The following newsletter prepared by the United Nations Environment Programme (UN Environment) provides updates on the European Commission-funded programme on capacity building related to multilateral environment agreements (MEAs) in African, Caribbean, and Pacific (ACP) group of countries known as ACP MEAs 2.
Programme Steering Committee Meeting - June 29th 2016, Brussels, Belgium
The Programme Steering Committee (PSC) is the main annual meeting that brings together the main partners involved in the ACP MEAs 2 (Programme hereon). The Programme was designed based on the recognition that ACP countries have various levels of capacity related to the implementation of MEAs and in that there are a lot of opportunities for South-South cooperation between the ACP regions. Thus, the project aims to promote environmental sustainability in the ACP countries by building capacity – whether it is institutionally or technically – in the mainstreaming and implementation of MEAs in the regions.
The PSC meeting was hosted by the Secretariat of the African, Caribbean, and Pacific Group of States (ACP Secretariat) in Brussels, Belgium on June 29, 2016. It was preceded by two preparatory meetings: the meeting between UN Environment and the regional hubs of Africa, Caribbean, and Pacific on June 27, 2016 and an all partners' meeting held on June 28, 2016. In addition to the participants from the day before, the all partners' meeting included the participation of the Food and Agriculture Organization of the United Nations (FAO) and project partners such as UNEP - World Conservation Monitoring Centre (UNEP-WCMC) and local NGOs.
The Steering Committee members included representatives from the ACP Secretariat; the project manager from the European Commission; the UN Environment coordination team and representatives from FAO. Given the vast geographical reach of the Programme, the PSC provided an important shared platform for all the stakeholders to engage and learn from each other on their achievements over the past year.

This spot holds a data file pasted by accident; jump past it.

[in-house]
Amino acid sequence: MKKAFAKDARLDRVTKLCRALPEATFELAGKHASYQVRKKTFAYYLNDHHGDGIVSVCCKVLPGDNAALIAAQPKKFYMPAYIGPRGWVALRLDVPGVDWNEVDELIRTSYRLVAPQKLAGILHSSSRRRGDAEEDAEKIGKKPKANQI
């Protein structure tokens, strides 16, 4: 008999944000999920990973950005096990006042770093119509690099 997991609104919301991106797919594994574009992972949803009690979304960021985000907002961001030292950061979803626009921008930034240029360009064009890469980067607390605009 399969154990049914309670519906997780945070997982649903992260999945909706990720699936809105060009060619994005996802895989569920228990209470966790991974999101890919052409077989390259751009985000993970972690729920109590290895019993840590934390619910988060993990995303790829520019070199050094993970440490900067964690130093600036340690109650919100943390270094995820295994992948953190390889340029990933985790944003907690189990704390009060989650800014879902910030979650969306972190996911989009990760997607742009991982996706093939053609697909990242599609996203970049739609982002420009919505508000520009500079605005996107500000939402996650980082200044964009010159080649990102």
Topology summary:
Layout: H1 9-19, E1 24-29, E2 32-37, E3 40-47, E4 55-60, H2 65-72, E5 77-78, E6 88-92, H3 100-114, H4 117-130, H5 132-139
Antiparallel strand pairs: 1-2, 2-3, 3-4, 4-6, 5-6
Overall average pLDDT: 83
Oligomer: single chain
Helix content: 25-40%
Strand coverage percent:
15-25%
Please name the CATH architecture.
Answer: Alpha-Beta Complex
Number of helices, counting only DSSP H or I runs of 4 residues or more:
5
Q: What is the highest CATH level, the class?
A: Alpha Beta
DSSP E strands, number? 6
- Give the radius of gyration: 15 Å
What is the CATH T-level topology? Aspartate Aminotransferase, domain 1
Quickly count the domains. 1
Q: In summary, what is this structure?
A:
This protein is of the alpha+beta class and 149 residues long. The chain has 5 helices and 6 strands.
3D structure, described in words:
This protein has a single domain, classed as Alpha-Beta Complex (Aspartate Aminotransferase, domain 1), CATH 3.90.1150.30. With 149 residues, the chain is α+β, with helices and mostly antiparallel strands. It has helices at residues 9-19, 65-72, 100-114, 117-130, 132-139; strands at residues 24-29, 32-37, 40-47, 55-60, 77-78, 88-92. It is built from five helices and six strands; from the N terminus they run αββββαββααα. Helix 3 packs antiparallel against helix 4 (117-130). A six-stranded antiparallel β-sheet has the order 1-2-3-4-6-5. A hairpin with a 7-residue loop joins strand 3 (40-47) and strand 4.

Highlights from the PSC
- The PSC meeting took place shortly after the United Nation’s Environment Assembly (UNEA), which brought together an unprecedented number of environment ministers and representatives from 173 countries as well as the historic adoption of 25 resolutions to tackle global environmental issues. The Programme's work has gotten greater impetus and support in international environmental governance As a number of resolutions are linked to MEAs, with one of them particularly promoting synergies between biodiversity-related MEAs and UNEP (resolution 2/17), this has given the Programme's work greater impetus and support in international environmental governance.
- The Programme has the ambition to implement more than 80 activities over 4 years, for the components managed by the UN Environment in the three regions, responding to very precise objectives focused on two specific clusters of MEAs in the areas of biodiversity and the sound management of chemicals and waste with an emphasis on synergies.
- During the last year of implementation, the Law Division at UN Environment continued to develop its capacities to ensure the overall coordination, support, and strengthening of the Programme, including through the recruitment of new dedicated staff.
- With the Programme expected to end in December 2017, discussions around sustainability brought up interesting approaches. It became evident that sustainability is a concept that is being tackled differently in the three regions. As for the Pacific hub, the current Programme has enabled co-funding for a new GEF project that will ensure long-term continuity for part of the ACP MEA activities. Meanwhile, coordinators from the Caribbean and Pacific Hub highlighted the creation of knowledge and institutional infrastructure is in itself a reflection of the sustainability of the project.